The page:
Let me explain. This whole episode started five years ago when Alycia Lane came to Philadelphia. Almost immediately, Dawn heard rumors that Alycia and I were a little too close and she should watch out.
The rumors were true. Alycia and I had a flirtatious, unprofessional, and improper relationship.
Dawn found proof of that relationship when she waited in my office on New Years Day 2005 and read e-mails that I had left out on my desk, e-mails between Alycia and me that confirmed her suspicions.
Dawn confronted me with the e-mails. I told her the truth. I told her I loved her, and I apologized. I then immediately stopped having long dinners with Alycia, staying out late with Alycia, and I stopped allowing her to come into my office to do her makeup every day.
The relationship that was once close quickly turned into a personal feud.
Alycia Lane then became friends with others in the building, including the new General Manager. Suddenly, I had shows and responsibilities pulled away from me without explanation. The GM angrily confronted me one day and said that I was bad-mouthing him. I was not. But, clearly, I was not on the list you want to be on with the new GM.
I found proof that it was Alycia who was undermining me when I saw an e-mail she sent to management that she left up on the computer she uses on the set.
I then started looking at other e-mails with passwords I learned when Alycia asked me to help set up her work retirement account, a private stock account, and when she showed me personal e-mails.
I did this without her permission, and it was wrong.
I saw more e-mails bad-mouthing me. I confronted Alycia and asked her to stop. She said that she would not. I complained to management about the problem, and I felt they ignored me.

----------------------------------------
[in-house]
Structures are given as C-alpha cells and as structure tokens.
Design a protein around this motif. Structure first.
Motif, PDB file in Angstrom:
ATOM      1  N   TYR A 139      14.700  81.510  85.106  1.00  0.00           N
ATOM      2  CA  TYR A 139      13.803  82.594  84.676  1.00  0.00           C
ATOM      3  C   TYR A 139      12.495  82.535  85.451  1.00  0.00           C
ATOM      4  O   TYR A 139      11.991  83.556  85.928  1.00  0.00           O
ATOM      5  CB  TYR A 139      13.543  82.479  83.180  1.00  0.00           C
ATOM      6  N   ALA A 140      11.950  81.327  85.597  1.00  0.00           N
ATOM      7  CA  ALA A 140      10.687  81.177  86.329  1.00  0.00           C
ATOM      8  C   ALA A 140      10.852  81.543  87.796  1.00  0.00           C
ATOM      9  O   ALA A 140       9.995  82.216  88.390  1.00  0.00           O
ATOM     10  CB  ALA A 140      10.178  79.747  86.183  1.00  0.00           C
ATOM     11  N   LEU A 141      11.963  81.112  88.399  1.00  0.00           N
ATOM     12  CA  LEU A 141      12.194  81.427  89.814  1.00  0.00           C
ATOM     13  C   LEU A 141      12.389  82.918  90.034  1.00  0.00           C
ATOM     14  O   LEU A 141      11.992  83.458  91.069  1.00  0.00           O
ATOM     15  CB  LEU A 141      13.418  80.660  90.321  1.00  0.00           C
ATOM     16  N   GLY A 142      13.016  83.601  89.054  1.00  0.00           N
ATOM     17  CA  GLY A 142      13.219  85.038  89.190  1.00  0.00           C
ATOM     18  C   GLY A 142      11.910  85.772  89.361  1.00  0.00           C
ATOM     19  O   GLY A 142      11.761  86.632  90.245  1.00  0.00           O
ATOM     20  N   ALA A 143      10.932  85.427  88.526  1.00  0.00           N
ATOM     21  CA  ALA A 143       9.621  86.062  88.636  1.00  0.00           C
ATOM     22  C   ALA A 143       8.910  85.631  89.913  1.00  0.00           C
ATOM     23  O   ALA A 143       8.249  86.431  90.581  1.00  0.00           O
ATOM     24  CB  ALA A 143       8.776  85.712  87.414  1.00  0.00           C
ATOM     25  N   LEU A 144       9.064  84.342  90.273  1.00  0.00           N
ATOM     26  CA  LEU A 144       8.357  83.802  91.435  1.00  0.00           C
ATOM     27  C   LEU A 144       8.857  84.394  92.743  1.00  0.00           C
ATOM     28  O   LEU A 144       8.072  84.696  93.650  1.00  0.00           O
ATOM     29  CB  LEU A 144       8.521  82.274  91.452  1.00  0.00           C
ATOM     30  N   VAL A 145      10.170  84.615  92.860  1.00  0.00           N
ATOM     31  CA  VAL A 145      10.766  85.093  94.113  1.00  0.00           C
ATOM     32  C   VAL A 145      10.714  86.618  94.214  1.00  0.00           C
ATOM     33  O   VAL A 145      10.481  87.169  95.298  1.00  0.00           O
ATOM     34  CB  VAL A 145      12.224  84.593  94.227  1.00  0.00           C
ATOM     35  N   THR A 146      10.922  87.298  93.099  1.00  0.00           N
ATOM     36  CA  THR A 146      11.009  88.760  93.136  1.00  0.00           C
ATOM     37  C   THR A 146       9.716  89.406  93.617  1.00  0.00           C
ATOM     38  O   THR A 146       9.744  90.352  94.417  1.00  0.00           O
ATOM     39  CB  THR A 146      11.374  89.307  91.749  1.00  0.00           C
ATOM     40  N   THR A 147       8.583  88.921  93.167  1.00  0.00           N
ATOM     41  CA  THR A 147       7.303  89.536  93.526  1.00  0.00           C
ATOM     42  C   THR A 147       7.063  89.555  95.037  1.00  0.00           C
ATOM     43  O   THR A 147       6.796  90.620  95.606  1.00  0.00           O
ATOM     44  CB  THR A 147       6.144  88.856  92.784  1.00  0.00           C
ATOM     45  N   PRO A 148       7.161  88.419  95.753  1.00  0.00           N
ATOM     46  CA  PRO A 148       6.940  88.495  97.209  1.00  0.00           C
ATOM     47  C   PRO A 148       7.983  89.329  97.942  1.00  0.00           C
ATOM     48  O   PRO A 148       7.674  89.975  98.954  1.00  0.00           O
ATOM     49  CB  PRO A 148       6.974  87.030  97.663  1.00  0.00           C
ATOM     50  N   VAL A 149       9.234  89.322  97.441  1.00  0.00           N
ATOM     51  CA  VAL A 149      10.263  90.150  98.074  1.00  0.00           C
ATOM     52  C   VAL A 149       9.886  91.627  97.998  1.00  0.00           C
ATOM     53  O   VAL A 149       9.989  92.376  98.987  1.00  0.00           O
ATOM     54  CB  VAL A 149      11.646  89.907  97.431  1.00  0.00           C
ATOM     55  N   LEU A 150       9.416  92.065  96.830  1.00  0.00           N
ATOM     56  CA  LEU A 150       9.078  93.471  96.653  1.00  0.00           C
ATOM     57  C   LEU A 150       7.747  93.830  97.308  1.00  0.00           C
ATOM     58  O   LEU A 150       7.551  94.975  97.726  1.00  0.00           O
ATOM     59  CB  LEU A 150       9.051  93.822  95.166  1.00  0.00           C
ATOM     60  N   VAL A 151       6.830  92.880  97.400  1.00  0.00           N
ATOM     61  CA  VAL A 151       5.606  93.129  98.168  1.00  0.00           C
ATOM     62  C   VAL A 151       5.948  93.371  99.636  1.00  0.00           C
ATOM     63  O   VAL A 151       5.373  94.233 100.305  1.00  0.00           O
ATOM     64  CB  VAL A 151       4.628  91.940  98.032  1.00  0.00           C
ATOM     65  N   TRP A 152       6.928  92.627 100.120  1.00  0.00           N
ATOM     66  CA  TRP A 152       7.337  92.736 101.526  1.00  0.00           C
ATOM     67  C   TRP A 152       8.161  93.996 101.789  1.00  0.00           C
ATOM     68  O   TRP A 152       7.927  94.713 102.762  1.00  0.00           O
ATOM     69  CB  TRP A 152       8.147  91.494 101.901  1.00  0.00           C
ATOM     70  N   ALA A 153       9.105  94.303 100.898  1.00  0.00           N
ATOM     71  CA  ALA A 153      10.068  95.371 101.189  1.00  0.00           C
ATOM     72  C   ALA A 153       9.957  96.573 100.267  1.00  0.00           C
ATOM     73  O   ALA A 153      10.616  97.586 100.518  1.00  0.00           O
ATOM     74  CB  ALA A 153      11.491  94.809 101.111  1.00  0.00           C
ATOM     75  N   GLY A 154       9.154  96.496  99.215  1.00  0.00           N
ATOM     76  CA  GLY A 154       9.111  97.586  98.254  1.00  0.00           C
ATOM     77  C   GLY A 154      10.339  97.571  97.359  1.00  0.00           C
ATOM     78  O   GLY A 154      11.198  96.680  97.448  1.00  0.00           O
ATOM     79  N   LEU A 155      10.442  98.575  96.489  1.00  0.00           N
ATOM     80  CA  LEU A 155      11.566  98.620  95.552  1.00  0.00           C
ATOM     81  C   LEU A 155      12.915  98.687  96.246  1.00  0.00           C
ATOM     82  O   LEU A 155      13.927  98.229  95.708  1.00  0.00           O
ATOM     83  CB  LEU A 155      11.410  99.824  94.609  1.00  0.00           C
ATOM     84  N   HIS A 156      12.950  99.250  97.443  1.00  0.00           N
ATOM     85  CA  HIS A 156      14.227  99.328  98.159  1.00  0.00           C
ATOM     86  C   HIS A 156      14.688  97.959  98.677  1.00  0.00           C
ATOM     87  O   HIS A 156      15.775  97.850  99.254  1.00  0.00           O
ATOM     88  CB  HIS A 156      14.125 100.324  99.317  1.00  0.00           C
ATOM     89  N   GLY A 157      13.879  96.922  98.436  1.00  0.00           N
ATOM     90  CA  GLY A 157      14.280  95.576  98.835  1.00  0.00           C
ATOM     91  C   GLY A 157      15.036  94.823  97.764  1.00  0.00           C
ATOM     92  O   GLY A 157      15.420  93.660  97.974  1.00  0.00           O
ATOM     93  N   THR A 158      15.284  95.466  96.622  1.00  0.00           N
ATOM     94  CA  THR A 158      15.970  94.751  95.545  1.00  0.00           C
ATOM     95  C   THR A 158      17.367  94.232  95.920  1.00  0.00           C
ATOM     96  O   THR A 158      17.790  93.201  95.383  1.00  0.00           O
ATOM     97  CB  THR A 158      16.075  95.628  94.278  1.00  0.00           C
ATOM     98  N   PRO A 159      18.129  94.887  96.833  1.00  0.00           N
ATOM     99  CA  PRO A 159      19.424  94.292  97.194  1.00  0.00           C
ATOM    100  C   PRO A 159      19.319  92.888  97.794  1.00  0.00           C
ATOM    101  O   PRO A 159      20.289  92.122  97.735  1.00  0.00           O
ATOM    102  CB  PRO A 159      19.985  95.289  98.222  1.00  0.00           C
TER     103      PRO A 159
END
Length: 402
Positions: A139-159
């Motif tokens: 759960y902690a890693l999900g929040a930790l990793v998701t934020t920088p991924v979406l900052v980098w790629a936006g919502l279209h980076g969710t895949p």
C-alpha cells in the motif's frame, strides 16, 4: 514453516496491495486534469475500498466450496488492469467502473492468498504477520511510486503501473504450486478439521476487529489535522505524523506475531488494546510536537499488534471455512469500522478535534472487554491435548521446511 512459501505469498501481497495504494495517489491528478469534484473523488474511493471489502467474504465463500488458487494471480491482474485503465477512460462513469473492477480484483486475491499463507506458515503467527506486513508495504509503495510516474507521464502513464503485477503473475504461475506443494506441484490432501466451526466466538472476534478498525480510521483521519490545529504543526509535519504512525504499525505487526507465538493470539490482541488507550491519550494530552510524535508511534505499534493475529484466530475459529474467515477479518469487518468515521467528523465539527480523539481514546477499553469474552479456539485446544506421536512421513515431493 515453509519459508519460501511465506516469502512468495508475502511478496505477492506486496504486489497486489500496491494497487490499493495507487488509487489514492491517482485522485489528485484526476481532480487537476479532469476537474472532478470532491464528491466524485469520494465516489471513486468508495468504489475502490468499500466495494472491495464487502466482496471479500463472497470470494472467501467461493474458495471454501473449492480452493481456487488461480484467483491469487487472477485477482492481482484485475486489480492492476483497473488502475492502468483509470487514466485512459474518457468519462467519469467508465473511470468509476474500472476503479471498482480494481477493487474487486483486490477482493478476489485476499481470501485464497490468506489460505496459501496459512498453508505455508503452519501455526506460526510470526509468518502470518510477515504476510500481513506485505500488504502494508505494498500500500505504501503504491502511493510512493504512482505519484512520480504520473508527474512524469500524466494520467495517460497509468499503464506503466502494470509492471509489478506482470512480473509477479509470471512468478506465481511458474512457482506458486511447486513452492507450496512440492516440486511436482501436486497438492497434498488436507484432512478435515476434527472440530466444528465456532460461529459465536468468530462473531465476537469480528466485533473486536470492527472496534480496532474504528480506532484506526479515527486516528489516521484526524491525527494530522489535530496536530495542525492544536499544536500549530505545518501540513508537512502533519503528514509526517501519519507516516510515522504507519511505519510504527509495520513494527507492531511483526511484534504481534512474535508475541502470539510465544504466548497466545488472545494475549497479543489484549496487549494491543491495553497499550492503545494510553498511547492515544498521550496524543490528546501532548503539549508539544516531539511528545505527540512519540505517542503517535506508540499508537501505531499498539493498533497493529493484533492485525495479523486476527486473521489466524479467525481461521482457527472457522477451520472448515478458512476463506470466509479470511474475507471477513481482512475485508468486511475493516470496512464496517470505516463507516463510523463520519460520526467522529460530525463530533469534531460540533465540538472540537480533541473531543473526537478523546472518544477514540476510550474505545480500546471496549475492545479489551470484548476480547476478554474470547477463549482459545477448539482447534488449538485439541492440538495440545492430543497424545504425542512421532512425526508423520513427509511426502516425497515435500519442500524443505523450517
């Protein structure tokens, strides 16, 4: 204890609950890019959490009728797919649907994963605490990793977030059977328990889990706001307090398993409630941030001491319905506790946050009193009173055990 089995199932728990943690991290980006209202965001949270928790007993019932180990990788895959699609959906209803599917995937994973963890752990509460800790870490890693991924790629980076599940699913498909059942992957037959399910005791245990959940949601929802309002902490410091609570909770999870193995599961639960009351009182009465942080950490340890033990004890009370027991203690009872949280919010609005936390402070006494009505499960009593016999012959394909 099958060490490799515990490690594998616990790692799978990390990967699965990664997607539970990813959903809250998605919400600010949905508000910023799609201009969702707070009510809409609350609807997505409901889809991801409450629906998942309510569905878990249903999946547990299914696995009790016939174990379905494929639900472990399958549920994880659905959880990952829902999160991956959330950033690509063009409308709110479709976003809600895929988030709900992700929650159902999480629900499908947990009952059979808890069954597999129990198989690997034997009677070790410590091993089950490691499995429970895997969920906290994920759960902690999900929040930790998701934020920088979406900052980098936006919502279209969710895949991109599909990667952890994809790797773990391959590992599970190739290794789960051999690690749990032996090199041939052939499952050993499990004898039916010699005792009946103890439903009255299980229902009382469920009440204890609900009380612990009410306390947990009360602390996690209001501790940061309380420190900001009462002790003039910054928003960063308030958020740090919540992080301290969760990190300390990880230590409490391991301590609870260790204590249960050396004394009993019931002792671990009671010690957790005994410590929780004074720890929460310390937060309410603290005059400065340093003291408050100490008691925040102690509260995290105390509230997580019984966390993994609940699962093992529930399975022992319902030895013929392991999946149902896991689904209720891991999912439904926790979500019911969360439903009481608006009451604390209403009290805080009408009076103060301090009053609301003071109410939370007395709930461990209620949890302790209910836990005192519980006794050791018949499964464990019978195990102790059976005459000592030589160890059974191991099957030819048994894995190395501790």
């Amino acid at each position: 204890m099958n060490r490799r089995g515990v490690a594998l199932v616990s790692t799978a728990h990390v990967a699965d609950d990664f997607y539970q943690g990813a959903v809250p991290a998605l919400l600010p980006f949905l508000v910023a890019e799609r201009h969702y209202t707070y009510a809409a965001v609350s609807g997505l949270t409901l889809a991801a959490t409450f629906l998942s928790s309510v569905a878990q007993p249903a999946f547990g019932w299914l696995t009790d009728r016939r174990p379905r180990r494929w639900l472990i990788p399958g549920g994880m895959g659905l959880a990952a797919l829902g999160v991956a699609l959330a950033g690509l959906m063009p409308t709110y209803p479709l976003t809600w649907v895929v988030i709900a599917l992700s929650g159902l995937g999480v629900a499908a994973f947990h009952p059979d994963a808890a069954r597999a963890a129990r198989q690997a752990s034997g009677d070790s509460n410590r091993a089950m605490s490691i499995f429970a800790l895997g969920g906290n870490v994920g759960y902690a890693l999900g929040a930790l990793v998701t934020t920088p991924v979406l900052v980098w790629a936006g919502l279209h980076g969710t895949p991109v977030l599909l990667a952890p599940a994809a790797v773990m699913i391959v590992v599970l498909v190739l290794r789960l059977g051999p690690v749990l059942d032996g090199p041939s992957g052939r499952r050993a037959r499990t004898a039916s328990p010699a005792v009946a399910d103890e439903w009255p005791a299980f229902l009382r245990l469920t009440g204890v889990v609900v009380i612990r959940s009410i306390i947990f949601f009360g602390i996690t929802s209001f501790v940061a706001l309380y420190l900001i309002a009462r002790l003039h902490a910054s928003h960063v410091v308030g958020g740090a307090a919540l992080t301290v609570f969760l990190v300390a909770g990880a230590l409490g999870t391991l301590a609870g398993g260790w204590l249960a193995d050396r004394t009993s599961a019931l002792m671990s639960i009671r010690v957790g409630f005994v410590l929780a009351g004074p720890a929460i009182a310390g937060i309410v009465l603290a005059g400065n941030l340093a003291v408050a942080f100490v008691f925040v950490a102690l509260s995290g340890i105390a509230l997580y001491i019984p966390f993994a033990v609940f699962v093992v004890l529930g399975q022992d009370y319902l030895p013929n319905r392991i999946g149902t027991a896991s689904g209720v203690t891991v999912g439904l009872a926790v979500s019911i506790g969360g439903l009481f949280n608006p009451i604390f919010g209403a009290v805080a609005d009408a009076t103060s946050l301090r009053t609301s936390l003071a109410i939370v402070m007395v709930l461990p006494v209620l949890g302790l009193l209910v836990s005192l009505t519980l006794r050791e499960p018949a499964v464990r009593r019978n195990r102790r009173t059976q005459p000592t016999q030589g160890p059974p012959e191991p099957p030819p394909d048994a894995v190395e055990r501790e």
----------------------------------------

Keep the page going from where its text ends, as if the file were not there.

My role at the station was still being diminished when Alycia told me during an argument on the set, that she (was) the rising star and that I was “50 and on my way out.” Regrettably this made it into the newspapers.
During a meeting the next day, the General Manager acknowledged that he had checked my contract and he really couldn’t move me.
We were the fastest growing newscast in the country. We were winning local and national awards. And, my GM was checking my contract to see where he could move me.
I felt I was in trouble. My career, my future, my family’s future was in trouble. And, this is where I got into more trouble — federal trouble.
I then started checking Alycia Lane’s e-mails by illegally gaining access to all of her accounts. I used a device called a keykatcher that is much too easily available on the Internet. I started seeing things that might be of interest to the press, and I passed some of them on.